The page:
Mohs Micrographic Surgery is an outpatient procedure first developed by Dr. Frederic Mohs at the University of Wisconsin over 50 years ago. During his long, distinguished career, he saw it evolve into what it is today- the procedure with the very highest cure rate for skin cancer. Mohs Micrographic Surgery is of most use for “high risk” skin cancers, more difficult to treat because of location, tumor type or size, or because of recurrence after previous treatment. Using a microscope, the surgeon precisely tracks any small extensions of tumor, thus removing the tumor completely while removing an absolute minimum of normal tissue.
Mohs surgery is performed in stages. First, all visible tumor is removed. Then, with each stage, a thin but complete layer of tissue is removed from the edges of the tumor site, color-coded and mapped, then prepared in our laboratory and examined by the surgeon under the microscope. Any tumor in the examined tissue margins is mapped, guiding the next layer. The steps are repeated until the skin cancer is completely removed. It may take an hour or more to process each layer. We apply a light temporary dressing to the wound after removing each layer so you can read or watch TV in a private waiting room. On average, one or two layers completely remove most skin cancers. Sometimes, several layers are necessary, and not always predictable.
When your skin cancer is completely removed, the next step is to decide your best option for the post-operative wound. We will discuss with you the pros and cons of what we judge to be the best options. In some cases, allowing a wound to heal naturally (without sutures) will provide the best aesthetic and functional result in the long run. In other cases, suturing a wound can result in an almost undetectable long-term result. If you decide to have the wound sutured, generally the procedure is done the same afternoon at our clinic. The sutures are usually dissolvable. We will give you wound care instructions. Since we expect some drainage from the wound in the first several hours after procedure, we will apply an absorbent overnight dressing when you leave. Plan to take it easy after your procedure. There is usually not much discomfort afterwards, leading some to over-exert, which is unwise (swelling or bleeding may result). Acetominophen (Tylenol) is effective for any post-operative discomfort. Avoid aspirin (and other anticoagulants) for two days after surgery. Ice over the bandage is helpful both for any soreness and to minimize swelling.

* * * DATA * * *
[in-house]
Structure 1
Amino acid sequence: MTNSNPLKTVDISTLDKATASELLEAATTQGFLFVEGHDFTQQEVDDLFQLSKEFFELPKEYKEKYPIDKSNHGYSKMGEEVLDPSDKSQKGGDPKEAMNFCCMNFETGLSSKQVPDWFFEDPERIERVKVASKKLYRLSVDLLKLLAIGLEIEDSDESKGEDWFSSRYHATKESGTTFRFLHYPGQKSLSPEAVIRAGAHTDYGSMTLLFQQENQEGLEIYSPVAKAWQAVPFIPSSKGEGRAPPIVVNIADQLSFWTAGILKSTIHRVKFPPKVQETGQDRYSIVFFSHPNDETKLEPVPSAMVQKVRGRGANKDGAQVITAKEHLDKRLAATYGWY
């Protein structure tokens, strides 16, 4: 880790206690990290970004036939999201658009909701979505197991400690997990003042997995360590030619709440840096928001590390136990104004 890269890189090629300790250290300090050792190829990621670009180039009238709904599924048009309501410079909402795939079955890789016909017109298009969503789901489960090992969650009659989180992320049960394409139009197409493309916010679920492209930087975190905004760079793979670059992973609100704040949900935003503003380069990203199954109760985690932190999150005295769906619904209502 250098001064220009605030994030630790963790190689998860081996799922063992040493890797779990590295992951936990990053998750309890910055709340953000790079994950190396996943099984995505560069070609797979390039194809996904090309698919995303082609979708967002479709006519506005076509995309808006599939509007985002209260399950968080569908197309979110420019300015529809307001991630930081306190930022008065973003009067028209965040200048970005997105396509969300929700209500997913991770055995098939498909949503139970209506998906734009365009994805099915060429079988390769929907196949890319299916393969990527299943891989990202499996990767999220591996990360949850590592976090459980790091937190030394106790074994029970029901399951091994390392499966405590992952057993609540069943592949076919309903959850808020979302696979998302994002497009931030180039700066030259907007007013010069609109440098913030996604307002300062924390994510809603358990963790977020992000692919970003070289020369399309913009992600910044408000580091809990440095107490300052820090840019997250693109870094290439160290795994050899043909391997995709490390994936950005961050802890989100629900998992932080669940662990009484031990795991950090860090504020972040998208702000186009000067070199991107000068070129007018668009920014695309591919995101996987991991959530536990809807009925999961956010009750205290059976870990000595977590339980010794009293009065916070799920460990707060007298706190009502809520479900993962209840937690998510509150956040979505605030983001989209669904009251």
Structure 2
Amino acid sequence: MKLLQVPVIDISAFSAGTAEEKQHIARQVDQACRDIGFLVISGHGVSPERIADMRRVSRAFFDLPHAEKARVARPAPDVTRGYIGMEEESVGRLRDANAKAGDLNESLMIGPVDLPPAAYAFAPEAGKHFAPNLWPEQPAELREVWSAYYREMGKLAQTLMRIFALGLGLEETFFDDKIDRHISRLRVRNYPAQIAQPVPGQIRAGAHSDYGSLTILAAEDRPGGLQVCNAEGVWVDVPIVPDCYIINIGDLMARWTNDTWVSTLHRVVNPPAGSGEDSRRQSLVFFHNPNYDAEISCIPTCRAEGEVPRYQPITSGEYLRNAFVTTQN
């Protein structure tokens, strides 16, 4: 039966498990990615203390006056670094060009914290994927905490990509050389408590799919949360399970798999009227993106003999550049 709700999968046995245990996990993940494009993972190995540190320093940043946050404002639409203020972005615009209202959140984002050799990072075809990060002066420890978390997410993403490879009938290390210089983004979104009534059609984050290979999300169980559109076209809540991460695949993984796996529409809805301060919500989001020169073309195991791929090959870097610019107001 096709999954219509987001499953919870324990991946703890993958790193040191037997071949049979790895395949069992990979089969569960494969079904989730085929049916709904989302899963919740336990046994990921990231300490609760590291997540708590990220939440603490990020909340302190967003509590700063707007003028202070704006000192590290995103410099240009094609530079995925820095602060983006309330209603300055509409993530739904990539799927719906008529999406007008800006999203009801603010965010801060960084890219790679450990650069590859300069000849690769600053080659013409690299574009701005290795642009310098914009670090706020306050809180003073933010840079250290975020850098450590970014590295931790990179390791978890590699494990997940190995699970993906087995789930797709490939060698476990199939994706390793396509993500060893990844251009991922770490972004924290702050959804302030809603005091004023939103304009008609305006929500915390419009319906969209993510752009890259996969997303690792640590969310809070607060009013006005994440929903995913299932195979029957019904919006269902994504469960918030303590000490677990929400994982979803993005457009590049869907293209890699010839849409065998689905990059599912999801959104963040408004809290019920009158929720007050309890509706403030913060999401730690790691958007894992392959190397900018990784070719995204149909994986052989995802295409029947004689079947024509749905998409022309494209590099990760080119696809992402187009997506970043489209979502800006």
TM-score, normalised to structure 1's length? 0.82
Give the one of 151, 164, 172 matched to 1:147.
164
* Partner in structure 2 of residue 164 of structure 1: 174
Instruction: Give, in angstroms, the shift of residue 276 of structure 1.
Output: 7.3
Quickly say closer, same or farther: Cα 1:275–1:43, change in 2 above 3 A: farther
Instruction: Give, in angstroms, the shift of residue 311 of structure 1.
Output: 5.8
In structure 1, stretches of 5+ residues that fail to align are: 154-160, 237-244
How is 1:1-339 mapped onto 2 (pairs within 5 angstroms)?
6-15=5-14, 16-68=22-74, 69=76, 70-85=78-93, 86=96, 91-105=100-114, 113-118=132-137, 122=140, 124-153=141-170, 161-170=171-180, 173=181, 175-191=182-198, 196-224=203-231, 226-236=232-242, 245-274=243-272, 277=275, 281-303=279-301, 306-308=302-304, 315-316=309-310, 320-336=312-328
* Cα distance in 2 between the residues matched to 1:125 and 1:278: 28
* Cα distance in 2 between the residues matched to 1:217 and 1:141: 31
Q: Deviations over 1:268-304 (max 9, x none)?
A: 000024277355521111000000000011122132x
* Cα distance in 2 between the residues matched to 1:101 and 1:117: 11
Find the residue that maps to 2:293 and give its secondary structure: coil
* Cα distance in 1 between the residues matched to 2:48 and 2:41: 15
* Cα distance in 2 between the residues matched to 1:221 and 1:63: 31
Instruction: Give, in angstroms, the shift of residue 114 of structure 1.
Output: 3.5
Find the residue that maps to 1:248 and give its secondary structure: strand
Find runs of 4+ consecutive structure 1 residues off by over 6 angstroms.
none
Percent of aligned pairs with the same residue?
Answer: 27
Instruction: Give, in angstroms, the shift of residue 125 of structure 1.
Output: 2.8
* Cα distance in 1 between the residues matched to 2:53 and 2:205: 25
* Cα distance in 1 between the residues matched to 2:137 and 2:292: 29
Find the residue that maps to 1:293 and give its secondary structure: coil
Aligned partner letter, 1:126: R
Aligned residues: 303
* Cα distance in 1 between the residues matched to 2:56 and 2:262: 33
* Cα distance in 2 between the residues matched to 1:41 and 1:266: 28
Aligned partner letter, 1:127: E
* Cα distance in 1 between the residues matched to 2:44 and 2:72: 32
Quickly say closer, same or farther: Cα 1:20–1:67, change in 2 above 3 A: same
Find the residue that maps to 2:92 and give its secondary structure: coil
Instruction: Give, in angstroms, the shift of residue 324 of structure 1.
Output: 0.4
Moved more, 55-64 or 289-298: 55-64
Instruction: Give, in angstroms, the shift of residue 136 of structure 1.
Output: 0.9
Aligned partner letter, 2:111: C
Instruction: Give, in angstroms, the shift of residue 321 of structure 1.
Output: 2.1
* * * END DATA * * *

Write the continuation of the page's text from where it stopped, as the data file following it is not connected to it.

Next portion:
We see you back if possible to check the wound at one or two weeks postoperatively. We will see you back as often and as long as necessary to ensure that the healing process is proceeding appropriately. The goal is to obtain the most imperceptible long-term (over one year) result. Early on, redness and irregular contour are expected. Usually the area will flatten and soften by one month, and be well settled by 6 months, although healing takes place under the skin for up to a year.
We value the relationship between you and your physician. We also value the trust your referring physicians place in us, and the opportunity to help their patients for years to come. We will remove your skin cancer and oversee the early and intermediate healing process, but we cannot take you as a regular patient if you were referred for surgery by another dermatologist. We feel the transition back to that physician is important, and will help arrange your follow-up appointment, unless you have already done so or plan to.
Although Mohs Micrographic Surgery has the highest cure rate of any method of skin cancer removal, recurrences sometimes happen. Also, having had one skin cancer increases the risk of having another new skin cancer elsewhere on your skin. We strongly encourage you and your family to monitor your skin regularly for any suspicious changes, and bring them to your physician’s attention. For prevention, protect your skin from direct sunlight, especially at mid-day. Finally, see your dermatologist for periodic checkups.